wesc (wesc) wrote,

Unicode{De,En}codeError: 'ascii' codec can't encode characters in position 0: ordinal not in rang...

[INTERMEDIATE]

BOO!
Here is your scary Python Halloween code and hopefully a trick or treat to remedy your situation that follows below.

Does the error in the Subject line look familiar? Yeah, this is what you have to go through because, "[it] seems that you've been living two lives," ASCII strings and Unicode strings. "One of these lives has a future, and one of them does not."[*]

Here is an example:

>>> t = u'\xae'

Problems occur when you're using/calling other code where there is some internal attempt to convert the string into ASCII, sometimes even by standard library code! If I try to do it on the command-line, I get the failure:

>>> str(t)
Traceback (most recent call last):
  File "", line 1, in
UnicodeEncodeError: 'ascii' codec can't encode character u'\xae' in position 0: ordinal not in range(128)


What you need to do, because the software expects an ASCII string, is to turn it into the equivalent ASCII string (made up of binary data) yourself (from Unicode), so that the code can deal with it. You do this by encoding your Unicode string into ASCII (binary). For example, I've chosen to encode it in UTF-8 below. Notice that the str() call to my new string does not fail anymore:

>>> u = t.encode('utf-8')
>>> u
'\xc2\xae'
>>> str(u)
'\xc2\xae'
>>> print u
®


Notice that a valid encoding of the single Unicode character takes two bytes (at least in UTF-8 it does for this one character). The bottom line is that you need to ensure that your string is either a valid Unicode string or a valid binary/ASCII string (one that is encoded by some valid and supported codec). In other words, Unicode u'\xae' is valid, and so is binary '\xc2\xae' because it has been encoded -- it is the UTF-8 encoding of the Unicode u'\xae' character.

The ASCII/binary string '\xae' doesn't really have much meaning by itself other than being a byte with ASCII value 174. All valid printable ASCII characters are numbered 128 and less. This issue is less painful in Python 3.x where all strings are Unicode (and ASCII/binary strings are bytes arrays), but for those still on 2.x now, we have to partially live in (probably the worst of) both worlds. When you try to convert such a string back into Unicode, there is nothing that can "decode" it, so you'll get a UnicodeDecodeError:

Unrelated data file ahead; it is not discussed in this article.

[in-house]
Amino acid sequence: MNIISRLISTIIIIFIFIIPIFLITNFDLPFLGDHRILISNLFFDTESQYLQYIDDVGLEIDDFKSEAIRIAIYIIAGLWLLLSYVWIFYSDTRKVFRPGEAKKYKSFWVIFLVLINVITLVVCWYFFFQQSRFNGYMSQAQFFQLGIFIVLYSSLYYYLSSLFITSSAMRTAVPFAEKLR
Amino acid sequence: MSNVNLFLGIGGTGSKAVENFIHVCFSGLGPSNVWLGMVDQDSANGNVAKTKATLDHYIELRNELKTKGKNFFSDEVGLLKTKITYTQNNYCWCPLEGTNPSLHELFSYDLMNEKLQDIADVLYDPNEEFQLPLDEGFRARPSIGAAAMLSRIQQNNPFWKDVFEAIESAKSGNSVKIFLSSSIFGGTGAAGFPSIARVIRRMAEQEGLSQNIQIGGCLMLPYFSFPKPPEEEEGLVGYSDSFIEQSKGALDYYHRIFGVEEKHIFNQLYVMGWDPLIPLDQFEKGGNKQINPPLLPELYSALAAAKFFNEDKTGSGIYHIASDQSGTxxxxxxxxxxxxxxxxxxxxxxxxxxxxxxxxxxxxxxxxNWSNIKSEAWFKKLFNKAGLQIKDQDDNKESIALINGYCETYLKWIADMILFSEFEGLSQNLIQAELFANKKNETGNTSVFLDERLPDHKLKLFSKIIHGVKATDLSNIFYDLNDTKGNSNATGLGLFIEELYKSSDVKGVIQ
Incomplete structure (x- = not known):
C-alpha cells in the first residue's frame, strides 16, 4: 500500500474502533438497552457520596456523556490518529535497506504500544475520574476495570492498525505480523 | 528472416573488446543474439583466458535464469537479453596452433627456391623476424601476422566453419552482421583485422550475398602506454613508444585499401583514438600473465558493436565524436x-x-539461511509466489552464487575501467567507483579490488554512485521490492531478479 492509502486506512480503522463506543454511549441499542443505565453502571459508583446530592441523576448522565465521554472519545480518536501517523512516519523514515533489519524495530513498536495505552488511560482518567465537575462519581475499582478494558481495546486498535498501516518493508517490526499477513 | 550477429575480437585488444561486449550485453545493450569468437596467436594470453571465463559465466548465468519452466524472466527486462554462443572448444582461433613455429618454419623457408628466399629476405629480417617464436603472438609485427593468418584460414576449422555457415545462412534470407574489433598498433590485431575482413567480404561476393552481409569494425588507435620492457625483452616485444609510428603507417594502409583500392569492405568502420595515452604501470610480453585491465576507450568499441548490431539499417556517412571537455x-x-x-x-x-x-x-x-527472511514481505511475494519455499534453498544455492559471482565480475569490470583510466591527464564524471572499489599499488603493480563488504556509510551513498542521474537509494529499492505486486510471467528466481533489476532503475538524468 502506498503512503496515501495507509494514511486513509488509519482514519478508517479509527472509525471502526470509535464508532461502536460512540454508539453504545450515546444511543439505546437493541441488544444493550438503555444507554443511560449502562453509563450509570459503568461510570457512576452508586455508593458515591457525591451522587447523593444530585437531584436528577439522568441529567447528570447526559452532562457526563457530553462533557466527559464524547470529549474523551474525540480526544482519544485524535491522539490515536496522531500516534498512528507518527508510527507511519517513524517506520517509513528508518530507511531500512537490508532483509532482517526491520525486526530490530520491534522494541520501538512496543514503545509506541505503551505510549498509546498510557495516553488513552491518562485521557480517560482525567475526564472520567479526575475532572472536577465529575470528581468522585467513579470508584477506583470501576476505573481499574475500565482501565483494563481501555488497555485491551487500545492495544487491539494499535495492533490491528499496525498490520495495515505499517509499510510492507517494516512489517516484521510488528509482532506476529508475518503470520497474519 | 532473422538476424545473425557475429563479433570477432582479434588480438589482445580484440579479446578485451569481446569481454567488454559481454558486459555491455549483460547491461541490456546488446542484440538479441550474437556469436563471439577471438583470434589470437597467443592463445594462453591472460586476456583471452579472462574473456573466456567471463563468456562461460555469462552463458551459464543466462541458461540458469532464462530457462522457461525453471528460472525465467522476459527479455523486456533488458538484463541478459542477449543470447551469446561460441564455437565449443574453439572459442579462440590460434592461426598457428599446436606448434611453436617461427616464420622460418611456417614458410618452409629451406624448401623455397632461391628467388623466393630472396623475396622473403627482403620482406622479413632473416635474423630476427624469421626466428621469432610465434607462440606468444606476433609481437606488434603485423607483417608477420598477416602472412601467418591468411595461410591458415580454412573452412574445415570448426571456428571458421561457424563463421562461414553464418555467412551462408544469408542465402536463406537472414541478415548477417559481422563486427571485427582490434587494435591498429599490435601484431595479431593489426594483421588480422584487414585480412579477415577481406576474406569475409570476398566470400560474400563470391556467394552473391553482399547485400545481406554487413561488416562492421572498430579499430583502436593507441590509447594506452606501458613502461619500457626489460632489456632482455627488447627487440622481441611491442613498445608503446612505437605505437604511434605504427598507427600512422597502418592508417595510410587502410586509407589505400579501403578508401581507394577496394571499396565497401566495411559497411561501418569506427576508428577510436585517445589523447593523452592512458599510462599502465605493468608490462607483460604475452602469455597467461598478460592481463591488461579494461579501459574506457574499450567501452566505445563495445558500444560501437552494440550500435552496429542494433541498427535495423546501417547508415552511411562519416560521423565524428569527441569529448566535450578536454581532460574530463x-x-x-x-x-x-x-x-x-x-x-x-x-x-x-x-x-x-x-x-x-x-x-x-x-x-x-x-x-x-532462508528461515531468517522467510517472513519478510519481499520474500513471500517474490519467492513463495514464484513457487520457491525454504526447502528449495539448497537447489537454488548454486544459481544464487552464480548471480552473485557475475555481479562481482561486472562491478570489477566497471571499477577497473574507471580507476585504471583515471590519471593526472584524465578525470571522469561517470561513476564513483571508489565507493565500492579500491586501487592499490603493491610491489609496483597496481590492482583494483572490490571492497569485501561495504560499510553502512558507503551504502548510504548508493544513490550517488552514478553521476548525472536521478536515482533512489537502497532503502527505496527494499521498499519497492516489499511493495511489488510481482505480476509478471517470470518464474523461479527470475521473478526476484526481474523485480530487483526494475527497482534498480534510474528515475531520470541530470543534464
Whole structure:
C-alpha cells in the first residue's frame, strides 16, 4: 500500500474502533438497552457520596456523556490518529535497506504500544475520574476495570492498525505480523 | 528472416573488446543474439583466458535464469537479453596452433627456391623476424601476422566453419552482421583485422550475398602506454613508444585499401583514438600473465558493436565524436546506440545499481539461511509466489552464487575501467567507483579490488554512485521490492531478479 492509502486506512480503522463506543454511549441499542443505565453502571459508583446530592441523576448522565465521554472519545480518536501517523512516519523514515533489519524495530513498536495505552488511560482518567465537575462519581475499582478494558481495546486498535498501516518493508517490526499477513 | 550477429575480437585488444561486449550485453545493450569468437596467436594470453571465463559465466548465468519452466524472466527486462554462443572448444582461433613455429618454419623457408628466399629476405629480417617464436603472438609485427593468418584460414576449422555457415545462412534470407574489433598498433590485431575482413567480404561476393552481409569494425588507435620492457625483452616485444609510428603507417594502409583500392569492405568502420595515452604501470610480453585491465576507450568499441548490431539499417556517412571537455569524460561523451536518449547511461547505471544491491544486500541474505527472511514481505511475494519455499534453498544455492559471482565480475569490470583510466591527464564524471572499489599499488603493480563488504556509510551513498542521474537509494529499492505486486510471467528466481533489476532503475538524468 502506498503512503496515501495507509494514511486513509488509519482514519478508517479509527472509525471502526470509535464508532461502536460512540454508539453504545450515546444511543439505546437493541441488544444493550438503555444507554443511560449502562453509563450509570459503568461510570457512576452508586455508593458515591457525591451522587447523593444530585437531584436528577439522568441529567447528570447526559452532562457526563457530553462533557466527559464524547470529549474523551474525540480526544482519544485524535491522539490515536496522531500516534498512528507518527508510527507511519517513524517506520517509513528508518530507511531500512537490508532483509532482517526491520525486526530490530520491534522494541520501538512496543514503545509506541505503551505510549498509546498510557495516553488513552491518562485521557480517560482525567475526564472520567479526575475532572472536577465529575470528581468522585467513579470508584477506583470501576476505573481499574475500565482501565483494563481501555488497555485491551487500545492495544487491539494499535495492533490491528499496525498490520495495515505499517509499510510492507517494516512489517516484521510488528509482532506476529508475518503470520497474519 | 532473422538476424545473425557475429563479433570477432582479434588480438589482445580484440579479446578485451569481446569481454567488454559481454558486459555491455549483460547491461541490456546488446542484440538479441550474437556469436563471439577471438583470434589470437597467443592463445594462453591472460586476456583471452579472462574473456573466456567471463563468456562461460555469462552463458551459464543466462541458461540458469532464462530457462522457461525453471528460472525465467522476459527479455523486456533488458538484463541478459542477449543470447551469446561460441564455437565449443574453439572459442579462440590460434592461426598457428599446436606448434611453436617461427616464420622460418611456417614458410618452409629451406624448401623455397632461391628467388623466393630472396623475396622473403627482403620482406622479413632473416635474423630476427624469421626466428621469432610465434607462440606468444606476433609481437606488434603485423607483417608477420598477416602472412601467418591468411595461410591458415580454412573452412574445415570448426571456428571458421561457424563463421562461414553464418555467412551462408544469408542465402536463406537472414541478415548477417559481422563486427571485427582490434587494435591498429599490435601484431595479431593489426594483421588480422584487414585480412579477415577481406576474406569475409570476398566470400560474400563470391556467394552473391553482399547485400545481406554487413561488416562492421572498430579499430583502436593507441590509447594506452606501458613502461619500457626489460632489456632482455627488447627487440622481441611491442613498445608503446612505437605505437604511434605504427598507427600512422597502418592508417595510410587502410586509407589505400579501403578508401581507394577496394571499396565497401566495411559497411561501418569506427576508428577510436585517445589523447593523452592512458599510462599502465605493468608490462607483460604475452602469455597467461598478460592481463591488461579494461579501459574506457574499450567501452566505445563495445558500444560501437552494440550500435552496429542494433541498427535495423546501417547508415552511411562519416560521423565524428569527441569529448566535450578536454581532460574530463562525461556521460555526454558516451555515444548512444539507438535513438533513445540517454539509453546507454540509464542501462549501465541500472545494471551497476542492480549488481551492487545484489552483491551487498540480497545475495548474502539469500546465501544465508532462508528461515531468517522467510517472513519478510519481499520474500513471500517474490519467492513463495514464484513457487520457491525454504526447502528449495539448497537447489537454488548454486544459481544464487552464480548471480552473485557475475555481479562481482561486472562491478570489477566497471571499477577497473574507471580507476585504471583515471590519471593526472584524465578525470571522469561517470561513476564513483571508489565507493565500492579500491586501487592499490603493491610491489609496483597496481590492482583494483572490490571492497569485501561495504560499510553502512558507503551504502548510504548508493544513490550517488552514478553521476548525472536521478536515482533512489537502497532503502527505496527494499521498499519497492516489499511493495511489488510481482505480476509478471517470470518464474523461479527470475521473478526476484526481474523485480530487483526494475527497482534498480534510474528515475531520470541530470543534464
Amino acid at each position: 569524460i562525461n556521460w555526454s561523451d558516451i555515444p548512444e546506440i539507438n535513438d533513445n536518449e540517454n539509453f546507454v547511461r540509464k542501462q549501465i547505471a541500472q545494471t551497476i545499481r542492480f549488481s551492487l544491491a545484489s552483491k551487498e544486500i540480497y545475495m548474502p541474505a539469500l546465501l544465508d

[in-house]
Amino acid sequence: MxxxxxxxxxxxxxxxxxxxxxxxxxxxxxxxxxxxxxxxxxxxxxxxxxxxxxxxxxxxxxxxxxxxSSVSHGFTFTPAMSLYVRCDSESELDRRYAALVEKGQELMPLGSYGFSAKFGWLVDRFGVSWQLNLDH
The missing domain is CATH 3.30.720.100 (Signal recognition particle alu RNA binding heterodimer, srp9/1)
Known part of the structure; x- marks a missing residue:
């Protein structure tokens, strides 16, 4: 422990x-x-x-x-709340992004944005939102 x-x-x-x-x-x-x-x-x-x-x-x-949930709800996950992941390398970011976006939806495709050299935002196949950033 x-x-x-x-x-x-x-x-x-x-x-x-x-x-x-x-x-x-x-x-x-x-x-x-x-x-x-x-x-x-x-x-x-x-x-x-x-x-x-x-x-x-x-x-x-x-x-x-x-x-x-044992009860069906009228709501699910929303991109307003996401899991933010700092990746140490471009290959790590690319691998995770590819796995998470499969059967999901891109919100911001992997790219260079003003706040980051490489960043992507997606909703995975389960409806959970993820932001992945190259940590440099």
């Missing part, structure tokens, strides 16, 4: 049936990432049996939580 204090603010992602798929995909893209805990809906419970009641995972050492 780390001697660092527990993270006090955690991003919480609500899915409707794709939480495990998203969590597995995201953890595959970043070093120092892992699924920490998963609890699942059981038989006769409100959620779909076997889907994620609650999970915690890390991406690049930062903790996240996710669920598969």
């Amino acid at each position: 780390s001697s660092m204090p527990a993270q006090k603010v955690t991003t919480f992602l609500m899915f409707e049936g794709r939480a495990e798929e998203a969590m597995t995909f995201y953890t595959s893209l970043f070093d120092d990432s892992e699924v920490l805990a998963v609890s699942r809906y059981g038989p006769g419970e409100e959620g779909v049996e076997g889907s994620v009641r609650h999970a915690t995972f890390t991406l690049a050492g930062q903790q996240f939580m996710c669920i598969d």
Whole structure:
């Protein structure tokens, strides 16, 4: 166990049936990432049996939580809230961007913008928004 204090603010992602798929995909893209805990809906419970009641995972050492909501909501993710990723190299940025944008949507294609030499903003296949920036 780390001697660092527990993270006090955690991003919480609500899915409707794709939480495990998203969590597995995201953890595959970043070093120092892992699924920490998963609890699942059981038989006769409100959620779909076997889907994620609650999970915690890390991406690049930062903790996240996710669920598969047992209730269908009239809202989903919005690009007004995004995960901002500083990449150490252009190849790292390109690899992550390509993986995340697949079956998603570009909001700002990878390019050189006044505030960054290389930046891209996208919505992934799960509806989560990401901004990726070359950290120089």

>>> s = '\xae'


Given that "useless" binary string, attempting to convert it to Unicode will fail... these two are the same:

>>> unicode(s)
Traceback (most recent call last):
  File "<stdin>", line 1, in <module>
UnicodeDecodeError: 'ascii' codec can't decode byte 0xae in position 0: ordinal not in range(128)
>>> s.encode('ascii')
Traceback (most recent call last):
  File "<stdin>", line 1, in <module>
UnicodeDecodeError: 'ascii' codec can't decode byte 0xae in position 0: ordinal not in range(128)


Likewise, if you try to encode it using UTF-8, it will also fail because it is not a UTF-8 encoded string, and it will try to decode via ASCII before trying to encode it via UTF-8 anyway:
>>> s.encode('utf-8')
Traceback (most recent call last):
  File "<stdin>", line 1, in <module>
UnicodeDecodeError: 'ascii' codec can't decode byte 0xae in position 0: ordinal not in range(128)


Again, that string is only useful as the byte value 174 unless there is another encoding out there that makes this string a valid one. Okay, so I hope that we've helped you with a problem you've been having. We recommend you read more other sources of information. Don't take my word for it as I'm as trustworthy as... well, you can't believe everything that you read right?!? With that said, if you are a Unicode expert and have suggestions on how I can reword portions of this article, feel free to drop me a line -- you can find me on Twitter or Google+.

My last recommendation is that tripping up in this manner only happens if you are moving back and forth between your "two lives." If you stay all Unicode or all ASCII, that will make things more stable. If you have to operate in both modes, then at least keep the translations either at the front or at the end of your processing. In other words, if your data is stored in Unicode but your code operates on binary/ASCII (or vice versa), do one translation at the beginning, keep it the same during, then do a final reversion back to the data storage type. You will minimize your pain this way.

Finally there are many good resources out there where you can study the struggle between Unicode vs. ASCII/binary strings out there. If I get a chance to collate such a list, I'll post it here. For now, Google is your friend.

Happy Halloween!

[*] quotes (c)1999 Groucho II Film Partnership, Silver Pictures, Village Roadshow Pictures, Warner Bros. Pictures
Tags: 2.x, 3.x, ascii, bytes, data, decode, encode, error, python, python2, python3, strings, text, unicode
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